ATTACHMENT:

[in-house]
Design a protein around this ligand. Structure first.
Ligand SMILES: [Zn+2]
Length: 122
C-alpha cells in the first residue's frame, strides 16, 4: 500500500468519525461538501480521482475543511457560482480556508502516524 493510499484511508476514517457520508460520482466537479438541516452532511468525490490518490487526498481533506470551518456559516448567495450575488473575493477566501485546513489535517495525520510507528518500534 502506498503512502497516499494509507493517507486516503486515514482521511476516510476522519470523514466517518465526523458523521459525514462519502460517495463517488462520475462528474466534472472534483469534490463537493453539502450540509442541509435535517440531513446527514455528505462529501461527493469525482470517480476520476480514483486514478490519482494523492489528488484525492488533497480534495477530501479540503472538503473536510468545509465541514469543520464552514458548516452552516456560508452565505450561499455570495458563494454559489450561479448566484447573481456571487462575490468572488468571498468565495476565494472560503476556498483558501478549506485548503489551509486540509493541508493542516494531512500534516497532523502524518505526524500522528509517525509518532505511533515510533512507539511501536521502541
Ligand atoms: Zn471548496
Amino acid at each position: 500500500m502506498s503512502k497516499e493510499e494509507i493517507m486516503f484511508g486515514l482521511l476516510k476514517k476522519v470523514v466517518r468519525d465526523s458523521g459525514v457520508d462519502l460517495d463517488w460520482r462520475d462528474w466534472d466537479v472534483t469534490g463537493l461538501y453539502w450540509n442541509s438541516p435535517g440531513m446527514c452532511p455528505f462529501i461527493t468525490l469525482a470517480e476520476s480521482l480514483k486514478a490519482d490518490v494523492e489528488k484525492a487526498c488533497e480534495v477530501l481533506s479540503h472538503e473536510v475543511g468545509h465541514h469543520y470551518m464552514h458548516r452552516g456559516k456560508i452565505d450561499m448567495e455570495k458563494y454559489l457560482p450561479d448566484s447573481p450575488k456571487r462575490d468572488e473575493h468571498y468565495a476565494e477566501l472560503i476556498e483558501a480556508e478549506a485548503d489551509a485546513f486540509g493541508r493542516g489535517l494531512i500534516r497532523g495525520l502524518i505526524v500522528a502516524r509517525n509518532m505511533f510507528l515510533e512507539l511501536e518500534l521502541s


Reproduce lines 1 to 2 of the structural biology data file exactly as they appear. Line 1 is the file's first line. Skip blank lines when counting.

[in-house]
Design a protein around this ligand. Structure first.